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INSIGHTS

Century old know-how from the Champagne paired with the latest technology and ideas: that is how the brothers Szigeti produce the finest sparkling wine and Frizzante in Gols. The Szigeti cellar concept was planned and designed in France - home to the world’s best sparkling wines.

What Father Dom Perignon set out to prevent became a global success 100 years later – the tingling feeling and sparkling of champagne bubbles. Over 300 years ago, the still wine from the Champagne region was exported to England. During the journey a secondary unintentional fermentation took place because of the residual sugar. Dom Perignon was researching and working his whole life in the depths of the wine cellar to prevent this. But, with the first sips he took of the delicious sparkling champagne, he coined the legendary phrase: “Come quickly, I am drinking stars!“ – The “Méthode Champenoise” or “Méthode Traditionnelle” was born. To date it is the only true method to produce sparkling wine. A labour-intensive procedure accompanies the grape on its way from the vine into the bottle:

In fact, the quality of the sparkling wine is created in the vineyard – in the end, the grapes are the decisive factor. The harvested grapes are destemmed, i.e. separated from the stems, and then pressed quickly but gently. We take great care to use only the first two thirds of the juice for making sparkling wine as this portion hardly contains any tannins or bitter substances. The juice thus obtained is left over night to allow the turbid and solid substances to sink to the floor. These can then be easily separated from the juice. The almost clear juice is then cooled and fermented slowly. The yeast feeds off the natural sugar contained in the grapes and turns it into alcohol. The wines are then filtered after a short period of rest and prepared for bottling.

The second fermentation happens in the original bottle. For this step, sugar and yeast are added to the wine, which is then filled into champagne bottles and closed with a crown cork. Due to the fermentation in the bottle – the yeast turns sugar into ethyl alcohol and carbon dioxide (which makes the wine bubbly) – the alcohol level increases by around 1.2 vol% and the pressure increases to about 6 to 7 bar. The sparkling wines are then stored on the yeast depot “sur lie” for at least nine months – sometimes even up to 10 years. During this time, the typical “champagne bouquet” is created. The yeast cells break open – a procedure called autolysis – and give the sparkling wine its special, fine yeast aroma. The longer the sparkling wine ripens and the longer it is stored, the richer will be its bouquet, and the more precious the sparkling wine.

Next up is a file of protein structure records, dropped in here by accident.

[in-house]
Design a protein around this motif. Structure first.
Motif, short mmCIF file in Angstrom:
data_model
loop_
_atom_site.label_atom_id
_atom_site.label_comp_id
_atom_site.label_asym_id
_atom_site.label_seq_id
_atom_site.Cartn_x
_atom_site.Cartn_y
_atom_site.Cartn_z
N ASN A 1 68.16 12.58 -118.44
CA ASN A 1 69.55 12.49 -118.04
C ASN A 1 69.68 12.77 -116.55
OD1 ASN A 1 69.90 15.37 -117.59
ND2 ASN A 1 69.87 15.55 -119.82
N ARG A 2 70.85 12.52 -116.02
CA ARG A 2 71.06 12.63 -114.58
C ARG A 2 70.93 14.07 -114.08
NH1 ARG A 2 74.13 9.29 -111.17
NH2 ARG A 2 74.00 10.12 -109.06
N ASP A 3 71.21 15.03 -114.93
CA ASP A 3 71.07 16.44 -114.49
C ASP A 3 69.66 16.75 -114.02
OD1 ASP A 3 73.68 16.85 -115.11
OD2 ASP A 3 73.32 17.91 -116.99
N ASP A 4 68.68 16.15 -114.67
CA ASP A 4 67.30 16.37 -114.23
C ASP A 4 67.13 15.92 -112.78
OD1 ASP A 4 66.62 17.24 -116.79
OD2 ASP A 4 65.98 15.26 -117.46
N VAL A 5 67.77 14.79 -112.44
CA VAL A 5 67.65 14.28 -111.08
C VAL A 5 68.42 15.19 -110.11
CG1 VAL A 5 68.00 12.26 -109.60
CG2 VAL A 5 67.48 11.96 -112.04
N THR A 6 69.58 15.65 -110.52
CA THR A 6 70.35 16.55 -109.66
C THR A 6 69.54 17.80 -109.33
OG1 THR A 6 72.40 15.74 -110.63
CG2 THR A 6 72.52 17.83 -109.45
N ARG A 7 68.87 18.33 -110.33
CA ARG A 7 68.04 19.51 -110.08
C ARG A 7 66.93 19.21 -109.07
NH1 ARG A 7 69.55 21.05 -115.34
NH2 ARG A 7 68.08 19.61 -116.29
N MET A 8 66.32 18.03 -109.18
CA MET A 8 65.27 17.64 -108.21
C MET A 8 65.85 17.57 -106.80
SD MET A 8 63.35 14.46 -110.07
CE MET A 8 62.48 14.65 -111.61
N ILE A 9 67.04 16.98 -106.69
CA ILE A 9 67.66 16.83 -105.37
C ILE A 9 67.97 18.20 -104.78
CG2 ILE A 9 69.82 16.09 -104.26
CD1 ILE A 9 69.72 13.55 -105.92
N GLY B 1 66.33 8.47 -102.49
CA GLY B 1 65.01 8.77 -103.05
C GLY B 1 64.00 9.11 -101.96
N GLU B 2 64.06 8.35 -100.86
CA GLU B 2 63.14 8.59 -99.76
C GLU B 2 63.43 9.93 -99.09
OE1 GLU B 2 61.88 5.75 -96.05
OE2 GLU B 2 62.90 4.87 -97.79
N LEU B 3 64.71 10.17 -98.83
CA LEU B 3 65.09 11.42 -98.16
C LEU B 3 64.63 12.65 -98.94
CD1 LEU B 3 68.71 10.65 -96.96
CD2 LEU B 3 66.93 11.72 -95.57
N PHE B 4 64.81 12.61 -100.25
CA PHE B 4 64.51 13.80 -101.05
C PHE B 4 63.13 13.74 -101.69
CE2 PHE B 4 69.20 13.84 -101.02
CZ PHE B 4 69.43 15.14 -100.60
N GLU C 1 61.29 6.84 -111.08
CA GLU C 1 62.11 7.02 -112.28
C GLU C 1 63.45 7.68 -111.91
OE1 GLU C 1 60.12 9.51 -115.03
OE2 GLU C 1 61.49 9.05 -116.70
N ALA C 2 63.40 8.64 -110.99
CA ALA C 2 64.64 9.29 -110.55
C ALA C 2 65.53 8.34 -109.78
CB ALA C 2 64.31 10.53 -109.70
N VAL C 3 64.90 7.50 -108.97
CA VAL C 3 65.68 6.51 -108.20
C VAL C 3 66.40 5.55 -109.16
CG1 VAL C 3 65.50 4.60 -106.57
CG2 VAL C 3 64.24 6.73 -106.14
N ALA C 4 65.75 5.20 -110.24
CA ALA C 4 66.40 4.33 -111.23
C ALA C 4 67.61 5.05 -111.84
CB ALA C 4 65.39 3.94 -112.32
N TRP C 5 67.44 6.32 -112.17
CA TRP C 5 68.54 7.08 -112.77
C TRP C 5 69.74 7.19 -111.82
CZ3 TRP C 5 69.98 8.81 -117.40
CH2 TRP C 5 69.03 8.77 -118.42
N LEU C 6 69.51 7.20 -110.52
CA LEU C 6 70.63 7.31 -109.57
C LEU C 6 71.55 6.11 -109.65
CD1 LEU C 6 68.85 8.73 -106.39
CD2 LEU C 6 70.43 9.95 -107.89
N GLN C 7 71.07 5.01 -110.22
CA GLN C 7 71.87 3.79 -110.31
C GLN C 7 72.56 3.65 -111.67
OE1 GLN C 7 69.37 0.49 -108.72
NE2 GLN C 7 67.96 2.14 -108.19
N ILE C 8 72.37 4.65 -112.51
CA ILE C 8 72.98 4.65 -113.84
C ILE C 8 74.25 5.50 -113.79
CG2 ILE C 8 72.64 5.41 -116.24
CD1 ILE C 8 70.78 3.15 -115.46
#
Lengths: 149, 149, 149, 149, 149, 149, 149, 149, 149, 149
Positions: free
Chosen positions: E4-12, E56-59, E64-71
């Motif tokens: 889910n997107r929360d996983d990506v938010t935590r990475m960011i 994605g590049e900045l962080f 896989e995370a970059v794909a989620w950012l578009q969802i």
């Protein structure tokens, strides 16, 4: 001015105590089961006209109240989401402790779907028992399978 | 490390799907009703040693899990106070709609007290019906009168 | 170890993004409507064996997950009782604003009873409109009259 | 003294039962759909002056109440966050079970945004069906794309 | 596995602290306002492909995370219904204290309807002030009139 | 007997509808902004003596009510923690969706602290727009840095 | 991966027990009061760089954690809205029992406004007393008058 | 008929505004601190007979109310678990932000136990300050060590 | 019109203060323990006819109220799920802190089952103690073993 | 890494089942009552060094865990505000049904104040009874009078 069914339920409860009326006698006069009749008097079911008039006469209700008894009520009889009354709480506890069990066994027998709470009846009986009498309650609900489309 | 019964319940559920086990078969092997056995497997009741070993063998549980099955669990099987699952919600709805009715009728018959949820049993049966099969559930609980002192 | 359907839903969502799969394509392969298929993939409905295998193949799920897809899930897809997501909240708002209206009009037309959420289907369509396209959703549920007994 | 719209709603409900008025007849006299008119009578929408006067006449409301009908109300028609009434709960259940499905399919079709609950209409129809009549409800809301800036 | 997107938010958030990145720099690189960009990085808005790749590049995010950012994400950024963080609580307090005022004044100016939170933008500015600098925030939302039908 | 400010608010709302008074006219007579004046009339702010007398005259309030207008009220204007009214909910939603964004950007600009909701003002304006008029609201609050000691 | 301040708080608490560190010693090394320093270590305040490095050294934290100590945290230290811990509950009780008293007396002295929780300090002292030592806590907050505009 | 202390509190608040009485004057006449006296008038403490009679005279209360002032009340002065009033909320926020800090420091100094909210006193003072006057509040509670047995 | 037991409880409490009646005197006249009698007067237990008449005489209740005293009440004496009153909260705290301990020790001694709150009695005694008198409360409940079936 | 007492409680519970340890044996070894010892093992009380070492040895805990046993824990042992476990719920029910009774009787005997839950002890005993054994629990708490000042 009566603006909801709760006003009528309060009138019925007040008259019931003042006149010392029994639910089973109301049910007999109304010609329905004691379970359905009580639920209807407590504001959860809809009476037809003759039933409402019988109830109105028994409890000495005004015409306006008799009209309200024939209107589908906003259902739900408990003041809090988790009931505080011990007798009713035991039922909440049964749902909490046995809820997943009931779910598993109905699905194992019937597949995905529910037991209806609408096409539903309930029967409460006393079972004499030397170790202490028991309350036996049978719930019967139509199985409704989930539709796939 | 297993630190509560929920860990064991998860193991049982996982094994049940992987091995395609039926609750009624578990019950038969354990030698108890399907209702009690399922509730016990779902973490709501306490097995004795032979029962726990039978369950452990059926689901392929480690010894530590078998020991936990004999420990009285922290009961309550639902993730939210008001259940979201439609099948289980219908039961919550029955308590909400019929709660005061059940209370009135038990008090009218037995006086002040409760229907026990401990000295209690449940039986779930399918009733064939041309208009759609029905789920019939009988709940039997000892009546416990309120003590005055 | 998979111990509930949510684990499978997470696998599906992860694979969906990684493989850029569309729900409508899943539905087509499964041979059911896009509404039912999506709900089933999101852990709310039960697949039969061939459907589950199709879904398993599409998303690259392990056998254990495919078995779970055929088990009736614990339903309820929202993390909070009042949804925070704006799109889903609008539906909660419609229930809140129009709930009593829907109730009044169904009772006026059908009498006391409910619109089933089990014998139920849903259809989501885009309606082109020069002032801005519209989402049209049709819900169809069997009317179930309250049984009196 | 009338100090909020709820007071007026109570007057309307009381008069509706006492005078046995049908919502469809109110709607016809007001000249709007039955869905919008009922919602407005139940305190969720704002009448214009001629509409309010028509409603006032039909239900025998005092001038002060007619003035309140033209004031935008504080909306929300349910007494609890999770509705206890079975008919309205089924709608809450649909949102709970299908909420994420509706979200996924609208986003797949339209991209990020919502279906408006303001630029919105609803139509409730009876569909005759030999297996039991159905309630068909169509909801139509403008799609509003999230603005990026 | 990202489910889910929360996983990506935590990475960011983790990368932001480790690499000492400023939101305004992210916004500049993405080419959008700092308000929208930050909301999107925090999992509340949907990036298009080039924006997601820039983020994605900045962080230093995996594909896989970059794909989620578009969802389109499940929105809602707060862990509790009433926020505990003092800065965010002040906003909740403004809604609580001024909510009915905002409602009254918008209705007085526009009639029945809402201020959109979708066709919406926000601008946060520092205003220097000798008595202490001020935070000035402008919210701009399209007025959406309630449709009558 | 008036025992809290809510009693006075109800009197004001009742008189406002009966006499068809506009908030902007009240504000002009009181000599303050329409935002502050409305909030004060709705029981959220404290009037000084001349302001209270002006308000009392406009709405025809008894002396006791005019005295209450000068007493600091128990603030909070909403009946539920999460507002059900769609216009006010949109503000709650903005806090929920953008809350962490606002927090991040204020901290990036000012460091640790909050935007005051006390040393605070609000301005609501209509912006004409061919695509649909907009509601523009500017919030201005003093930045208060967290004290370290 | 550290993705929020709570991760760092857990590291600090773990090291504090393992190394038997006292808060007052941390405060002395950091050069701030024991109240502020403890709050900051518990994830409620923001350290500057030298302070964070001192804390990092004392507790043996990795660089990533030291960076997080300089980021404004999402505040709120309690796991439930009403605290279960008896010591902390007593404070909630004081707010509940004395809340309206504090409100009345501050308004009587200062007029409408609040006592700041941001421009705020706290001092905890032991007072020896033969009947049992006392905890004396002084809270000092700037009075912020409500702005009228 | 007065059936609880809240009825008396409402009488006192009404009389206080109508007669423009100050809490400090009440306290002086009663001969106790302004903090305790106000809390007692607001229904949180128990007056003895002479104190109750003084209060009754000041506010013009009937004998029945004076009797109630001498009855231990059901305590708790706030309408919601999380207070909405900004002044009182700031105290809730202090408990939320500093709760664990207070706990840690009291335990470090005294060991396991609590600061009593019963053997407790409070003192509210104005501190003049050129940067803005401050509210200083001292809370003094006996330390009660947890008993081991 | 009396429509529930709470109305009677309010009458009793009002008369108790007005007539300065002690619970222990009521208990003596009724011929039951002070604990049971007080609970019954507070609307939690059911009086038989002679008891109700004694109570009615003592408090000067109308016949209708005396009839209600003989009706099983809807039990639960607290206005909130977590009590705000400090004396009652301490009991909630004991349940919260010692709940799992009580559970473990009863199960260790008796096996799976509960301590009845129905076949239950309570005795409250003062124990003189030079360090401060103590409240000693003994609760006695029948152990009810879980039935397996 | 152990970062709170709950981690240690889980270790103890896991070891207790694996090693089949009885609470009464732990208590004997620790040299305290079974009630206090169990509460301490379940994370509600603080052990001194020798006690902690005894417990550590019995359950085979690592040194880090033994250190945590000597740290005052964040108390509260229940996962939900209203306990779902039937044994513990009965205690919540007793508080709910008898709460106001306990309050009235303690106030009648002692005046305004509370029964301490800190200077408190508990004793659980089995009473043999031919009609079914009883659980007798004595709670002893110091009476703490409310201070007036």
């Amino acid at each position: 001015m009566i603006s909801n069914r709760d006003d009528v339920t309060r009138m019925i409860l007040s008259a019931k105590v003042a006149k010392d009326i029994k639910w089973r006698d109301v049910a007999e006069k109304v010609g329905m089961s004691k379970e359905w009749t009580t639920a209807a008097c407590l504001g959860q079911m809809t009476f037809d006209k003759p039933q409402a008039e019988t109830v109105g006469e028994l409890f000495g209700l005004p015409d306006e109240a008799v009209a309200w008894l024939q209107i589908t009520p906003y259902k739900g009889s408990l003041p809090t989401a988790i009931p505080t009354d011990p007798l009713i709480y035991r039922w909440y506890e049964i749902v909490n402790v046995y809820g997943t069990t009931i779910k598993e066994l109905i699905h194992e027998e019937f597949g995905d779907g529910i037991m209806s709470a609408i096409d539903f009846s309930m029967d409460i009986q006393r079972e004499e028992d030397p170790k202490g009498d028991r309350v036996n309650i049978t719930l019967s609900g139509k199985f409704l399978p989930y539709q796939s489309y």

With the bottle head at a slightly downward angle, the bottles are then riddled so that the yeast sediment loosens and collects in the bottleneck. In earlier times, the riddling was done by hand and required a lot of practice. An experienced riddler managed up to 30,000 bottles per day. Today, all this is done by machines that slowly rotate the bottles one eighth of a turn each time, bringing them from a horizontal into an upside-down position. This procedure lasts for about two days. It allows the yeast to gradually slide from the sides of the bottle into the bottleneck.

The last step in the complicated procedure of producing champagne is the “disgorging” process. The bottleneck is cooled down (min. –22°C) in a freezing solution so that the yeast sediment freezes to an icicle. It pops out when the bottle is opened, and only the clear sparkling wine remains in the bottle. A little bit of sparkling wine is always lost during the disgorging procedure. Therefore, we top up the bottles. This is the last mysterious step in the production of sparkling wine: the Dosage. A little bit of “Liqueur d’expédition” – originally a mixture of sugar and wine – is added to the sparkling wine to give it its final taste, from brut (dry) to doux (sweet). If the bottle is labelled “Non-Dosage” or “Zero Dosage” it only contains the basic wine. For the dosage, we only use selected predicate wines and natural sweet wines from our region as well as our very own “house liqueur”. After the final corking and wiring, the bottles are labelled, briefly stored and then offered for sale.

0 to 3 g/l: brut nature

0 to 6 g/l: extra brut

0 to 12 g/l: brut

12 to 17 g/l: extra dry

17 to 32 g/l: sec (dry)

32 to 50 g/l: demi-sec (medium dry)

over 50 g/l: doux (sweet)

Champagne is available in different bottle sizes. The standard size is 0.75 litres. Biblical names were given to the other bottle sizes:

3 litres Jeroboam

4.5 litres Rehoboam

6 litres Methuselah

9 litres Salmanazar

12 litres Balthazar

15 litres Nebuchadnezzar

18 litres Solomon

Producing bottles beyond the Jeroboam size takes a lot of effort and is expensive. Therefore, champagne and Austrian sparkling wine is very rare in these bottle sizes. The actual size of the bottle greatly influences both quality and taste. Normally, the same Cuvée usually tastes much softer and is more harmonious in a magnum bottle than in a 0.75 litre bottle. The bigger the bottle, the better sparkling wine ripens and develops. As the only wine maker in Austria, Szigeti fills and ferments sparkling wine in large bottles, from 1.5 litres to 15 litres, using the Méthode Traditionnelle.